Church of England leader Justin Welby said while he is "struggling" with the controversial case of a conservative Christian couple pulling their child from school due to the acceptance of transgender students, he indicated that allowing a boy to wear a dress at school is "not a problem."
The Archbishop of Canterbury shared his views on LBC radio on Thursday, where he was asked what he would say to Christian parents Nigel and Sally Rowe, who are upset that a Church of England school in the Diocese of Portsmouth is dismissing their concerns regarding allowing transgender children.
"I would say to them, I don't think that's a problem," Welby responded, after initially noting that he usually does not comment on such cases, especially considering he is not familiar with the school, the parents or the details of the controversy.
"The other family are making up their own minds. The other child is making up their own mind," he continued. "Talk to your child. Help them to understand. Help them to see what's going on and to be faithful to their own convictions."
The Anglican leader stated that he was "struggling" with the case, noting that he doesn't know the "whole story."
His own children, he noted, went through the local state schools system, which meant there were "bits we liked, and bits we didn't like," adding that "it's the home where you educate and train people in following faith."
Welby suggested that the Christian parents should not follow through with their threat of suing the school.
"I would say where something like that happens I never see the point in going to law. I think we should try and solve these things without legal involvement, with people getting together around a table, with a mediator, to help them come to a conclusion," he said.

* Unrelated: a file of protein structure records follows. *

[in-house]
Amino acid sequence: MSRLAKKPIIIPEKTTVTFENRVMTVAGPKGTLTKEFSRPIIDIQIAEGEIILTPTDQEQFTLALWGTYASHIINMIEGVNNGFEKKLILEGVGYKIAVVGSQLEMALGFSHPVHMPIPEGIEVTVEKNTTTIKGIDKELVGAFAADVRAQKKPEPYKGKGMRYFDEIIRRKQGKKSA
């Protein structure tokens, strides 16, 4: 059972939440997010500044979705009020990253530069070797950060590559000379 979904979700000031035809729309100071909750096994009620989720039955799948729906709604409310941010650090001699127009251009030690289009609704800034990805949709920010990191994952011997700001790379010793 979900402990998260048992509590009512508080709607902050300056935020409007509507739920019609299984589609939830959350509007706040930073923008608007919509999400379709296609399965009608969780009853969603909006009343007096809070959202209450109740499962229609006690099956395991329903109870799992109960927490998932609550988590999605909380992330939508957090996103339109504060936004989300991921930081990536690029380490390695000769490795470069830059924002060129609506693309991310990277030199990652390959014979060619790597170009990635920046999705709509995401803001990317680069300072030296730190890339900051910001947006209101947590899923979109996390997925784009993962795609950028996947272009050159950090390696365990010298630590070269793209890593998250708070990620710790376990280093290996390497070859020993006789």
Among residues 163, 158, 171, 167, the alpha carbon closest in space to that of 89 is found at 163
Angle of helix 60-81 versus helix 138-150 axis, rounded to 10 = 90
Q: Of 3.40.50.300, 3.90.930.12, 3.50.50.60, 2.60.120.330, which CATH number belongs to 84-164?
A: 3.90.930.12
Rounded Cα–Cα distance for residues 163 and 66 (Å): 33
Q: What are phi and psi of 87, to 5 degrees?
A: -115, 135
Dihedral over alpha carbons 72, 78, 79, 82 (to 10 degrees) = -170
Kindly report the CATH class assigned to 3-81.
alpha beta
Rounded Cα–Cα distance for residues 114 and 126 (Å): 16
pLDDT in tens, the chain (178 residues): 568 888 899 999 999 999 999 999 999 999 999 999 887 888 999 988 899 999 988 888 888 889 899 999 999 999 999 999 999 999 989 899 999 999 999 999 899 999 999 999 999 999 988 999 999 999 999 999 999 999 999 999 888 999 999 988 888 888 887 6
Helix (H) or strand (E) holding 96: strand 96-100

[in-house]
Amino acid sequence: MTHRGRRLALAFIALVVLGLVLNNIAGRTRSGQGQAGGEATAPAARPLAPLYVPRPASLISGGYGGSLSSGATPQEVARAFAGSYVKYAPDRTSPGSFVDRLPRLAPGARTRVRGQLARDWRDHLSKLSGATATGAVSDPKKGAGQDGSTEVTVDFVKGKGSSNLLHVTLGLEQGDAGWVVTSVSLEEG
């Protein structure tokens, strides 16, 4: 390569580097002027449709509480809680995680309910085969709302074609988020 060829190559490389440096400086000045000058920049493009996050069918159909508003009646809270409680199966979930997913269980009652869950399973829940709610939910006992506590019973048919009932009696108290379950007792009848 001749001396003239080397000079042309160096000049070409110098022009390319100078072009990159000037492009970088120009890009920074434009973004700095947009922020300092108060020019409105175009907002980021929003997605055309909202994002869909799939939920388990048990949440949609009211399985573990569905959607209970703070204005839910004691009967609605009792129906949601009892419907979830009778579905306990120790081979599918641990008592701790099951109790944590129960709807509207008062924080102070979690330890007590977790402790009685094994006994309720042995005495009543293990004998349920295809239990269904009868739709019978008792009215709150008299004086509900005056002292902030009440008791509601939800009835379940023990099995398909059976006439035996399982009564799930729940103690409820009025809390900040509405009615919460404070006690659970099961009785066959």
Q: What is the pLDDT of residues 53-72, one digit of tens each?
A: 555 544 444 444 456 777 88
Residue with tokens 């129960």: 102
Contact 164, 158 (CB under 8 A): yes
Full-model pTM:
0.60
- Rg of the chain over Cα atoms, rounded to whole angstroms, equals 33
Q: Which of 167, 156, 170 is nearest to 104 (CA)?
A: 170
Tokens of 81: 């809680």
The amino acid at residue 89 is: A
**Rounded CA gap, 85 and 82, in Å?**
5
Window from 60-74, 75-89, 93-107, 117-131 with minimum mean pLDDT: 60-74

The Rowes are preparing for legal action, saying there was no consultation with other parents before the school allowed students to identify as the opposite gender. They also slammed the "shockingly inappropriate" response they received from the Diocese of Portsmouth and the Church of England's chief education officer over their concerns.
They told Premier that their son was confused after another boy in class began wearing a dress.
"Our children first said 'they're a boy and they're my friend, and now I've got [to] say she instead of he,'" the couple explained, noting that it was not the first transgender case at the school.
The school apparently lists "the refusal to acknowledge a transgendered person's true gender e.g. by failing to use their adopted name or using gender inappropriate pronouns" as "transphobic behavior."
Sally Rowe argued, however, that the school "should have provided support for the transgender child in a private way with people who are trained professionals ... and who can work through it with that child rather than just let it happen."
Mienna Jones, the mother of a child that was born as a girl but now dresses and identifies as a boy, criticized the Rowes for their decision to pull their son from the school over the controversy.
"I felt incredibly sad for their children. Second of all, I thought 'my goodness what sort of world is my son going to grow up in?' In this day and age I couldn't believe we still have this level of ignorance and lack of acceptance," Jones argued on ITV's "This Morning" show.
She insisted that being transgender is "not a choice."
Sally Rowe argued, however, that she wants the debate on transgender issues to be open for opposing voices to be heard, not silenced.
"It's like you're shut down, you can't speak what you believe because you'll be called transphobic ... which is not the case, so we just feel it needs to be an open debate," Rowe said.
"It needs to be discussed without fear of being ridiculed."
The Church of England General Synod passed in July a motion welcoming and affirming transgender people to the church in a controversial move that was celebrated by some top bishops, but criticized by conservatives.
Critics, such as the Global Anglican Future Conference, have in the past warned that in some cases, "the Gospel appears to have been watered down or even denied. Even some faithful clergy do not feel free to give clear teaching on key topics such as sexual ethics or the uniqueness of Christ."